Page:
Taking Advantage of Advertising and Marketing Deductions


Gregory S. DuPont Nov. 21, 2019

Businesses are permitted to deduct a wide range of expenses, but many small business owners may be unaware of the full range of the deductions they are entitled to claim. If you operate a company that advertises and markets its products and services, you should keep careful track of these expenses as you may be able to deduct them as a business operating expense.

Under IRS rules, you are generally allowed to deduct reasonable advertising expenses that are directly related to your business activities. Most types of business-related advertising are currently considered deductible business operating expenses. You are permitted to deduct advertising to sell a particular product or service, to help establish goodwill for your business, or to promote your business to the public more broadly.

Deductible advertising expenses include amounts paid for advertisements in newspapers, magazines, trade publications, radio, television, and websites. In addition, you can deduct the fees you pay to advertising and public relations agencies. Generally, you can also deduct the costs associated with producing and distributing business cards, brochures, flyers, catalogs, direct mail, billboards and other signs, package designs, and display racks.

However, some advertising materials may be considered long-term business assets if they have a useful life of more than one year, such as a permanent metal sign, or a catalog that is intended to be kept by the client for a longer period of time. Instead of deducting these items as a business operating expense, you must depreciate the cost over several years or deduct them in a single tax year under Section 179. Similarly, a mailing list may be considered an intangible asset that must in some cases be amortized over a longer period. The cost of designing and maintaining a business website is also a gray area. The costs of maintenance, updating, and adding to an existing website are generally treated as normal business expenses; but costs that are incurred for the development, creation, design, and programming of a website may be treated as capital expenditures.

In addition, you can usually deduct as a business expense the cost of institutional or goodwill advertising to keep your name before the public if it relates to business you reasonably expect to gain in the future. For example, you are allowed to deduct the cost of advertising that encourages people to contribute to charities such as the Red Cross or to participate in similar causes. You can also deduct the cost of sponsoring a local sports team or tournament, or holding an informational seminar. You are not, however, permitted to deduct the time and labor that you give away as an advertising expense, even if doing so promotes goodwill.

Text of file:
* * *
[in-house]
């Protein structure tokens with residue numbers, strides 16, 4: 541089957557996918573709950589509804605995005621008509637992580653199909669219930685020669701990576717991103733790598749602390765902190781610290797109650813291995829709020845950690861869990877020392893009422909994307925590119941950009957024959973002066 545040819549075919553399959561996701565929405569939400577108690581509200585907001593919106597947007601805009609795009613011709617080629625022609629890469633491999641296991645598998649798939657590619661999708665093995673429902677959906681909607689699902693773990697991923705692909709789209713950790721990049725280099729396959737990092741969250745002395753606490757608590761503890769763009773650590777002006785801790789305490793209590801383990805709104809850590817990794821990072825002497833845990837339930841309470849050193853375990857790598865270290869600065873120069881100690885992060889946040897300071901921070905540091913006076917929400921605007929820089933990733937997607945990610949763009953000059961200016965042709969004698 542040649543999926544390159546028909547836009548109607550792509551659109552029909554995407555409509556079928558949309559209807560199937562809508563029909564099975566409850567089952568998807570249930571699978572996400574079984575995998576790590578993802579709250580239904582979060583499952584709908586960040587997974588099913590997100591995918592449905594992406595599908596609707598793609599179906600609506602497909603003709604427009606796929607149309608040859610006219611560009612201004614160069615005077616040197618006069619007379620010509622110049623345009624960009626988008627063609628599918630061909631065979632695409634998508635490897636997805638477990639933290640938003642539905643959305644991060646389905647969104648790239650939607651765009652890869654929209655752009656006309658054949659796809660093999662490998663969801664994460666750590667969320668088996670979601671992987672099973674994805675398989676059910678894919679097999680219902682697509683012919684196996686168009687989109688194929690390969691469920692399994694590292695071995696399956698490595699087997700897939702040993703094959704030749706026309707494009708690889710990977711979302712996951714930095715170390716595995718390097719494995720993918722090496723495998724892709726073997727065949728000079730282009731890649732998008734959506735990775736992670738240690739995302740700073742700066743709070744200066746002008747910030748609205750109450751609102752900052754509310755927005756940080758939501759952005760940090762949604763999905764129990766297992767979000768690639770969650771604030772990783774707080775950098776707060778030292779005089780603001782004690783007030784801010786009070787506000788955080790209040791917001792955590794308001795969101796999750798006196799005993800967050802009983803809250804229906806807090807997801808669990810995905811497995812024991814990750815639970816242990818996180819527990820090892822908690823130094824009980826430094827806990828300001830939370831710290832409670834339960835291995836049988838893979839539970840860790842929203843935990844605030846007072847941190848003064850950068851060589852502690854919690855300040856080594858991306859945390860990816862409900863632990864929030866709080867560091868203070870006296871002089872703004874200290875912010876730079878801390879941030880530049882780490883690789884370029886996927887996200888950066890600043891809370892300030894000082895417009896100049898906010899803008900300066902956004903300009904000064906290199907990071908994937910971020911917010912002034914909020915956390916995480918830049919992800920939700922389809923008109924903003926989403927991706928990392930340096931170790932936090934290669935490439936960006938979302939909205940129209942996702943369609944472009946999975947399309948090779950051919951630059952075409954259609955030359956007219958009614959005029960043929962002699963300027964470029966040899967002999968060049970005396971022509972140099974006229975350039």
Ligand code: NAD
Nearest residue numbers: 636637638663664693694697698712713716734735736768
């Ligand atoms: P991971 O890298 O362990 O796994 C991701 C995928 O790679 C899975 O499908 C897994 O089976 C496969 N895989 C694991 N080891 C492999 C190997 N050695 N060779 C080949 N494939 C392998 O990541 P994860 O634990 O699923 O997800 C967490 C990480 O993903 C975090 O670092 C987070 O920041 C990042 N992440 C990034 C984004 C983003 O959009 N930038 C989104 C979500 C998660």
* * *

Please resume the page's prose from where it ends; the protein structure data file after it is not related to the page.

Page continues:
Generally, you are also allowed to deduct the cost of giving away product samples, and of holding contests and giving away prizes. Smaller giveaway items that you use to publicize your business, such as pens and t-shirts, are also deductible. However, you are not permitted to deduct more than $25 in business gifts to any one recipient each year. This limitation applies to advertising giveaway items unless they cost $4 or less, have your company’s name clearly and permanently imprinted on them, and are one of a number of identical items your business has widely distributed.

Amounts paid to influence government legislation, or lobbying, are not deductible under IRS rules. Contributions or gifts to political parties or candidates, whether direct or indirect, and expenses paid or incur­red to take part in any political campaign of a candidate for public office are also not deductible. However, the cost of public service or other politically impartial advertising, such as ads that encourage people to register to vote, are deductible.

When claiming these deductions and others, it is important to keep supporting documents in case of an audit, such as any invoices and canceled checks that document payments made for advertising expenses. Your accountant can help you determine which of your advertising expenses are immediately deductible, and how best to structure your marketing strategy to take advantage of the available tax breaks in future tax years.